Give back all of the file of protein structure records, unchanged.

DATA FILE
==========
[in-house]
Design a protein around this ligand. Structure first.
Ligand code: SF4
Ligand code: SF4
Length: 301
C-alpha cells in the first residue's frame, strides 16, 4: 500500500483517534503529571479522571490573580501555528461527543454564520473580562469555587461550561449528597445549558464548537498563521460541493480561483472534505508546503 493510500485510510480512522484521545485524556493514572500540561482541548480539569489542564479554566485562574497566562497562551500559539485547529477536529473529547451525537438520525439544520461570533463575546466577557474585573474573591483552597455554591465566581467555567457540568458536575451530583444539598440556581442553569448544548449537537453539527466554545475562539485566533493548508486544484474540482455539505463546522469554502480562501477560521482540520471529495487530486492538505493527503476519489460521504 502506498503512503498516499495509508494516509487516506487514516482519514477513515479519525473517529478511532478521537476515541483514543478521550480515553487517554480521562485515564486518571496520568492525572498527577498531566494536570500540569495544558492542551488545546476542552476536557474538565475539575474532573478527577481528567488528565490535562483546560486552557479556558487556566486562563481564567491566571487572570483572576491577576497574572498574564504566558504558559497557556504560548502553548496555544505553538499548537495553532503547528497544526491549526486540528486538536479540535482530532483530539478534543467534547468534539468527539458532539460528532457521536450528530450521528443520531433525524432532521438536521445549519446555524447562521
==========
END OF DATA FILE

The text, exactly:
[in-house]
Design a protein around this ligand. Structure first.
Ligand code: SF4
Ligand code: SF4
Length: 301
C-alpha cells in the first residue's frame, strides 16, 4: 500500500483517534503529571479522571490573580501555528461527543454564520473580562469555587461550561449528597445549558464548537498563521460541493480561483472534505508546503 493510500485510510480512522484521545485524556493514572500540561482541548480539569489542564479554566485562574497566562497562551500559539485547529477536529473529547451525537438520525439544520461570533463575546466577557474585573474573591483552597455554591465566581467555567457540568458536575451530583444539598440556581442553569448544548449537537453539527466554545475562539485566533493548508486544484474540482455539505463546522469554502480562501477560521482540520471529495487530486492538505493527503476519489460521504 502506498503512503498516499495509508494516509487516506487514516482519514477513515479519525473517529478511532478521537476515541483514543478521550480515553487517554480521562485515564486518571496520568492525572498527577498531566494536570500540569495544558492542551488545546476542552476536557474538565475539575474532573478527577481528567488528565490535562483546560486552557479556558487556566486562563481564567491566571487572570483572576491577576497574572498574564504566558504558559497557556504560548502553548496555544505553538499548537495553532503547528497544526491549526486540528486538536479540535482530532483530539478534543467534547468534539468527539458532539460528532457521536450528530450521528443520531433525524432532521438536521445549519446555524447562521